EL: Short answer: nothing! I was extremely happy leading a normal life, which gave me a credible career (first in recruitment in the IT/telecoms industry, then in the travel industry), an opportunity to buy an apartment in London, and to have paid holidays, so I had no obstacles to overcome – sorry the story isn’t more heroic! When I eventually came back to singing, I found that the old problems had gone, and that others who knew more about the opera industry than I did (various conductors and voice teachers) thought I had something worth developing. I would say that these people inspired me at those times when I felt like there was no place for me in the industry, and that it would be easier to give up. The tough part was knowing when it was right to “give up the day job,” and to keep assessing in the early days if it all was still worth pursuing, but my operatic career took off almost immediately.

OW: You are known for taking on the roles of Puccini’s great heroines. What draws you to these characters, and/or his music? Is there one role that is especially meaningful to you?

EL: Would you believe me if I told you that my relationship with Puccini roles has been more accidental than by design? I had only sung Mozart by the time I made my operatic debut as Mimi in “La Bohème” back in 2010! That said, having just sung my seventh Puccini role, I can say that he writes for women extraordinarily well. What I mean by that is that he understands that women think and feel much more than they will ever say, much of it quite layered and complex. Puccini’s genius for orchestration which is rather cinematic gives his characters’ inner lives a scope, luminosity, and depth which is both exciting and devastating.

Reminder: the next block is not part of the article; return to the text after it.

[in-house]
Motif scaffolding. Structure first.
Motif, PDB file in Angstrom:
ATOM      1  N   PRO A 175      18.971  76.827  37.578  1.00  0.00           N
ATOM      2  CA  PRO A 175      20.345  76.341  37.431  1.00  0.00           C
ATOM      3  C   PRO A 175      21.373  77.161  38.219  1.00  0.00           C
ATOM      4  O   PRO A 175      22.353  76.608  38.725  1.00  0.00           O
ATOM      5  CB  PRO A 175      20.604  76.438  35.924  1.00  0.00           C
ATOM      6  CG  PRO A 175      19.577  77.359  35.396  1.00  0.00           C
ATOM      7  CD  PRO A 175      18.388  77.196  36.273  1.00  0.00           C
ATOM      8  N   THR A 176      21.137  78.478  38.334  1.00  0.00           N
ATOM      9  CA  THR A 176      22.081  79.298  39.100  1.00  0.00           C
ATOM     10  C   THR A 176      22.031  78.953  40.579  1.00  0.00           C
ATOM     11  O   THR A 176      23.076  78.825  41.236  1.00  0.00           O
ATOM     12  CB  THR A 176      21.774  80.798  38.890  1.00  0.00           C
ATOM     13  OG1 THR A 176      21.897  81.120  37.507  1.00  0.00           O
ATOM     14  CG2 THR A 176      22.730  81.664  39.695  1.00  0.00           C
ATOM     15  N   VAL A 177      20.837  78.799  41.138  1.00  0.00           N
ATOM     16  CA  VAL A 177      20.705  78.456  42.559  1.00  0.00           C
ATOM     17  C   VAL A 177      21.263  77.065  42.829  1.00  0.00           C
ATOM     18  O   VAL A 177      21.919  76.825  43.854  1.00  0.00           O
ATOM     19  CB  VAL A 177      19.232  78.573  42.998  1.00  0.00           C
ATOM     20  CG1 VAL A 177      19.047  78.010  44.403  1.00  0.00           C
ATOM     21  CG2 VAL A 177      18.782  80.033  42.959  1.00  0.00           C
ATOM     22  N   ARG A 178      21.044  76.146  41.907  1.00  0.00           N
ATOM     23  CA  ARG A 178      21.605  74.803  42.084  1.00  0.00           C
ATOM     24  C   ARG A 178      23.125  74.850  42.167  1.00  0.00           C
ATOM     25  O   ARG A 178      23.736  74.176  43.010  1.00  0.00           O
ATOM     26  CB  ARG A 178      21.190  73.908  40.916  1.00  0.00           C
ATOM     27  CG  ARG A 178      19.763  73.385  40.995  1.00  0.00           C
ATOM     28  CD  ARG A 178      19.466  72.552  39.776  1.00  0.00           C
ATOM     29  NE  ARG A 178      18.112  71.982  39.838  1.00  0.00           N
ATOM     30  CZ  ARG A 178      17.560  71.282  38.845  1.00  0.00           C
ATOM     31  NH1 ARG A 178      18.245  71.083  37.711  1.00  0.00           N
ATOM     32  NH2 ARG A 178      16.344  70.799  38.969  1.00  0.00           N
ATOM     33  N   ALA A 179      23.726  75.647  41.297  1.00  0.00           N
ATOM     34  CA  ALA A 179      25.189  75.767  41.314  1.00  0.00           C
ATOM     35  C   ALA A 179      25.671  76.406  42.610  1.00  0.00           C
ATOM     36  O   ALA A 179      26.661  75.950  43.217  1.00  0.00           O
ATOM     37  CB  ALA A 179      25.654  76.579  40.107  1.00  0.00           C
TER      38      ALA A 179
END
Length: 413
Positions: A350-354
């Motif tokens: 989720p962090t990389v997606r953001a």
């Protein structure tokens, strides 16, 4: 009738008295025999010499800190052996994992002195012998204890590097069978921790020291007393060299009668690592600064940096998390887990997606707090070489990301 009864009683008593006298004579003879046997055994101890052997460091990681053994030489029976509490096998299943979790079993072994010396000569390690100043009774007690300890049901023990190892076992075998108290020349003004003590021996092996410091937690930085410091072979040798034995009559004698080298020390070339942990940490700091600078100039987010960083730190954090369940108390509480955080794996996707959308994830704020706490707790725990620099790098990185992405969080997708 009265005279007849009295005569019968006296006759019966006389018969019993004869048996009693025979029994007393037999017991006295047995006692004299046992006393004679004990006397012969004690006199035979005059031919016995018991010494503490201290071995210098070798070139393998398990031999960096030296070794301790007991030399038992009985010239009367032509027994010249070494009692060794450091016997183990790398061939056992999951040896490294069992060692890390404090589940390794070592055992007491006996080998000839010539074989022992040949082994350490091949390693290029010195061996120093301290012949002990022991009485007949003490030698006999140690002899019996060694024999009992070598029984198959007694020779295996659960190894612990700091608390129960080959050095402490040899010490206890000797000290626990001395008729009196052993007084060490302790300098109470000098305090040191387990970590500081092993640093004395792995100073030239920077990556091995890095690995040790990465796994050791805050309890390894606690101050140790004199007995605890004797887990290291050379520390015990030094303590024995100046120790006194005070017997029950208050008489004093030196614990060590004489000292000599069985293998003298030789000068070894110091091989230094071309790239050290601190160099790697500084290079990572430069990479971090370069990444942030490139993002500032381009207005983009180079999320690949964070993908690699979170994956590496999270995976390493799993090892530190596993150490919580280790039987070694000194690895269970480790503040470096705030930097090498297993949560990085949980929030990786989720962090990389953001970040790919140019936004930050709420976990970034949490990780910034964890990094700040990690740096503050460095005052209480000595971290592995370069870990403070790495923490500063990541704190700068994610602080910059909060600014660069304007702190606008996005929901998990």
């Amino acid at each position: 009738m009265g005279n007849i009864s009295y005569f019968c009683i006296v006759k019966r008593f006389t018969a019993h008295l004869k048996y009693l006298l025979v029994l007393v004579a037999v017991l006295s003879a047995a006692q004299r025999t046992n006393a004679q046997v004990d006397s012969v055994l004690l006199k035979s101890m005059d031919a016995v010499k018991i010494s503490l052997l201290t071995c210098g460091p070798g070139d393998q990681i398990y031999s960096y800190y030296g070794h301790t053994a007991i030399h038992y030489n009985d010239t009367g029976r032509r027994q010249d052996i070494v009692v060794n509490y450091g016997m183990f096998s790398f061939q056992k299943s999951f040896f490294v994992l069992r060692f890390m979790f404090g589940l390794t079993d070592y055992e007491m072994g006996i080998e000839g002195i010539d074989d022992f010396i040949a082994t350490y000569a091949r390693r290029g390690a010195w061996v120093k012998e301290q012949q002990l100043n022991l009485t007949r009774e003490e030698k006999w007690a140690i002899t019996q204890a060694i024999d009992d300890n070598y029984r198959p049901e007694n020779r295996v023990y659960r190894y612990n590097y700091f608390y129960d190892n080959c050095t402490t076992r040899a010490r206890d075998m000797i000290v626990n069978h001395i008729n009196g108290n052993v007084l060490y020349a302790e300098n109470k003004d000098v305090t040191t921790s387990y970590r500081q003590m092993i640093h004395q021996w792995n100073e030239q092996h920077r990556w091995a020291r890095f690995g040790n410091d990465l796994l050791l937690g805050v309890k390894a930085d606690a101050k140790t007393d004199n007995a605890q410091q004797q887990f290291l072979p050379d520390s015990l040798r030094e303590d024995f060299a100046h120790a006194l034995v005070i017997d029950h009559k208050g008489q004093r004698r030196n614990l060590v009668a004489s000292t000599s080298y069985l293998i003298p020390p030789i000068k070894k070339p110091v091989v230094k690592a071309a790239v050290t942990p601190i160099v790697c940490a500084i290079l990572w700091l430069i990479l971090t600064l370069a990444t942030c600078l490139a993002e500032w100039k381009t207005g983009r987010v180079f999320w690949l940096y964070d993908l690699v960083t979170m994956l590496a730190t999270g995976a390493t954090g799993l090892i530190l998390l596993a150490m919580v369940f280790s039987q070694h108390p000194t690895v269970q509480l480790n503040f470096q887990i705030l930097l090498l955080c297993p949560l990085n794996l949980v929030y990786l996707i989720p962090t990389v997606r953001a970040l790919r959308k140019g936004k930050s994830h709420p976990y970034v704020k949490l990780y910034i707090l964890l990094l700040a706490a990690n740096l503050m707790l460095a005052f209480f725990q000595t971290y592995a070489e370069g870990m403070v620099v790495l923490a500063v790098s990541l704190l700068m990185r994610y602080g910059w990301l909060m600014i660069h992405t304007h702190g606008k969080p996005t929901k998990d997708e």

The role which has had the most profound effect on me was “Madama Butterfly,” for two reasons. Firstly, the Act III Intermezzo is heart-breaking, especially after the emotional roller-coaster ride of Act II which ends with almost too much hope, and one can hear the hope ebbing away by the end of the Intermezzo. Secondly, I came to a realization of what lengths parents will go to in order to ensure a better life for their children. Growing up, I was aware of the personal sacrifices my parents (who emigrated from Jamaica in the West Indies to the UK) made for us three children, because they wanted us to have more opportunities and to thrive; the teenage Cio-Cio-San understands very quickly that the only way for her son to thrive is for her to be out of the picture entirely, so that his life is before him in America.